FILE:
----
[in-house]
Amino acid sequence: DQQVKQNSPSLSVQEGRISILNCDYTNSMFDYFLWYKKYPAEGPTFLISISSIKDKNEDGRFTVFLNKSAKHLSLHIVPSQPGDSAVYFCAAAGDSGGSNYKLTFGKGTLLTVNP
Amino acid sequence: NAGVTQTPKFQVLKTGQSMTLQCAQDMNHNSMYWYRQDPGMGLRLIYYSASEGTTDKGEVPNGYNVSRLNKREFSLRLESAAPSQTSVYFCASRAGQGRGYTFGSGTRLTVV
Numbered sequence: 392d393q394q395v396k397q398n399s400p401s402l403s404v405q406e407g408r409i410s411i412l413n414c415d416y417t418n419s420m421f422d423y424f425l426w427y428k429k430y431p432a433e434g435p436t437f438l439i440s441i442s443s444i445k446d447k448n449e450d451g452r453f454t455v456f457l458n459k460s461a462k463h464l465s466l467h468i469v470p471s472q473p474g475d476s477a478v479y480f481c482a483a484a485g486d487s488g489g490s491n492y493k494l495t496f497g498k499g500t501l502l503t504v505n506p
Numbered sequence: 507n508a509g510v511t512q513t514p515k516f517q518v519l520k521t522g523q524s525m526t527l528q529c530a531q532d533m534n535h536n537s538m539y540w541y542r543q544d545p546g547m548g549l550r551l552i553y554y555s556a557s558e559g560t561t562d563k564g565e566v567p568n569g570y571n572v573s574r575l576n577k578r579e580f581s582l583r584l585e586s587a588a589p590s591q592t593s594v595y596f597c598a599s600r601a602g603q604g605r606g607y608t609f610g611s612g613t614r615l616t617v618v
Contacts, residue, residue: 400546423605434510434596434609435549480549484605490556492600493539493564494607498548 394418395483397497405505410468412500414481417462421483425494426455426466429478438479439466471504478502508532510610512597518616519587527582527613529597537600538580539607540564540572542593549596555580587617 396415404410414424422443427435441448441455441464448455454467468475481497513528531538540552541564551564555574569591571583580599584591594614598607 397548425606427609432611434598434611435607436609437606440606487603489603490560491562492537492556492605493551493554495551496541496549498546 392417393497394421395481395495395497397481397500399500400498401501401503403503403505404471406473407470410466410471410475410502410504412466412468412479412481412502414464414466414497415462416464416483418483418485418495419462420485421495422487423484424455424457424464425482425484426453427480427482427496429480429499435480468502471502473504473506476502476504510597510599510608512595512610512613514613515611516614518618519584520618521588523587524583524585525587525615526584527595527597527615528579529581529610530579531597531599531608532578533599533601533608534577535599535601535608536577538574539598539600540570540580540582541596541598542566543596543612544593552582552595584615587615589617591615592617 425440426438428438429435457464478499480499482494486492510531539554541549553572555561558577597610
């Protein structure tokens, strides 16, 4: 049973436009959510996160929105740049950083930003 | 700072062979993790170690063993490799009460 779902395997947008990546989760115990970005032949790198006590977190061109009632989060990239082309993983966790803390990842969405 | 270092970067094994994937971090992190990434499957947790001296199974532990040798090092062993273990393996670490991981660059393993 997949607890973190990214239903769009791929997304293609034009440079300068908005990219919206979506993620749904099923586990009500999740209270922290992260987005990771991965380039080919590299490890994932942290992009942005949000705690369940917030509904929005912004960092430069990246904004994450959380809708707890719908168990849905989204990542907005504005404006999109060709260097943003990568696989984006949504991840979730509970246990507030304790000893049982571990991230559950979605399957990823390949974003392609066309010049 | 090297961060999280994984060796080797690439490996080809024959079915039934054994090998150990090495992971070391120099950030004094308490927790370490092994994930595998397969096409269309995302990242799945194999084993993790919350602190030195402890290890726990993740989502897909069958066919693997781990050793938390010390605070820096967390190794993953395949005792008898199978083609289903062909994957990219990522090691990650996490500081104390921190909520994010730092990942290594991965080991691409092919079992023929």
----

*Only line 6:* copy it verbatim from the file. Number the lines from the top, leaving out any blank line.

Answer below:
Contacts, residue, residue: 400546423605434510434596434609435549480549484605490556492600493539493564494607498548 394418395483397497405505410468412500414481417462421483425494426455426466429478438479439466471504478502508532510610512597518616519587527582527613529597537600538580539607540564540572542593549596555580587617 396415404410414424422443427435441448441455441464448455454467468475481497513528531538540552541564551564555574569591571583580599584591594614598607 397548425606427609432611434598434611435607436609437606440606487603489603490560491562492537492556492605493551493554495551496541496549498546 392417393497394421395481395495395497397481397500399500400498401501401503403503403505404471406473407470410466410471410475410502410504412466412468412479412481412502414464414466414497415462416464416483418483418485418495419462420485421495422487423484424455424457424464425482425484426453427480427482427496429480429499435480468502471502473504473506476502476504510597510599510608512595512610512613514613515611516614518618519584520618521588523587524583524585525587525615526584527595527597527615528579529581529610530579531597531599531608532578533599533601533608534577535599535601535608536577538574539598539600540570540580540582541596541598542566543596543612544593552582552595584615587615589617591615592617 425440426438428438429435457464478499480499482494486492510531539554541549553572555561558577597610